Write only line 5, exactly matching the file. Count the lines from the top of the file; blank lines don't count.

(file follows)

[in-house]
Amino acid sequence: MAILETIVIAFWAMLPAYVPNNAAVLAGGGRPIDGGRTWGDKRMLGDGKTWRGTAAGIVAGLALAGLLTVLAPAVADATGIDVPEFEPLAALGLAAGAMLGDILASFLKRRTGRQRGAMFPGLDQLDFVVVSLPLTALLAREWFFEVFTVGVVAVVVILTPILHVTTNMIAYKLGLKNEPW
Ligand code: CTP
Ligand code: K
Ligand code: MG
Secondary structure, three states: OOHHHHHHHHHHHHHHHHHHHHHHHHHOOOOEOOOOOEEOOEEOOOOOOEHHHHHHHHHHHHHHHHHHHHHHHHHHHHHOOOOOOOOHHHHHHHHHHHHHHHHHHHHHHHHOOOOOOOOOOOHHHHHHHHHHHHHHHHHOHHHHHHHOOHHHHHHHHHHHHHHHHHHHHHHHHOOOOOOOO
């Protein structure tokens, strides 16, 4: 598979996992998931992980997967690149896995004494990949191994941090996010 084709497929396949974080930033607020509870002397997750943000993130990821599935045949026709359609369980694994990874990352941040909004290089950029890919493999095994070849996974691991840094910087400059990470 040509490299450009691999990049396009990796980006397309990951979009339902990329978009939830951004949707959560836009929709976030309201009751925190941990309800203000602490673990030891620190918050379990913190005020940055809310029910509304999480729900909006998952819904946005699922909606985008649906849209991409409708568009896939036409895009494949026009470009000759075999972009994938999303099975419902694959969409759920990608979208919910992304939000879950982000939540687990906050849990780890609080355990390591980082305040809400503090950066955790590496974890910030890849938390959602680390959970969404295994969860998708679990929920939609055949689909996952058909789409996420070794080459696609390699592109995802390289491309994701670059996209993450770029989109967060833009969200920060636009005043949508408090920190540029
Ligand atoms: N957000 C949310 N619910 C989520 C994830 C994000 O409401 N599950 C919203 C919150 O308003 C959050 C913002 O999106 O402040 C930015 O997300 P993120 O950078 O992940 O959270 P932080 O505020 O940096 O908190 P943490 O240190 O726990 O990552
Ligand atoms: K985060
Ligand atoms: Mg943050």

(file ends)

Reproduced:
Ligand code: MG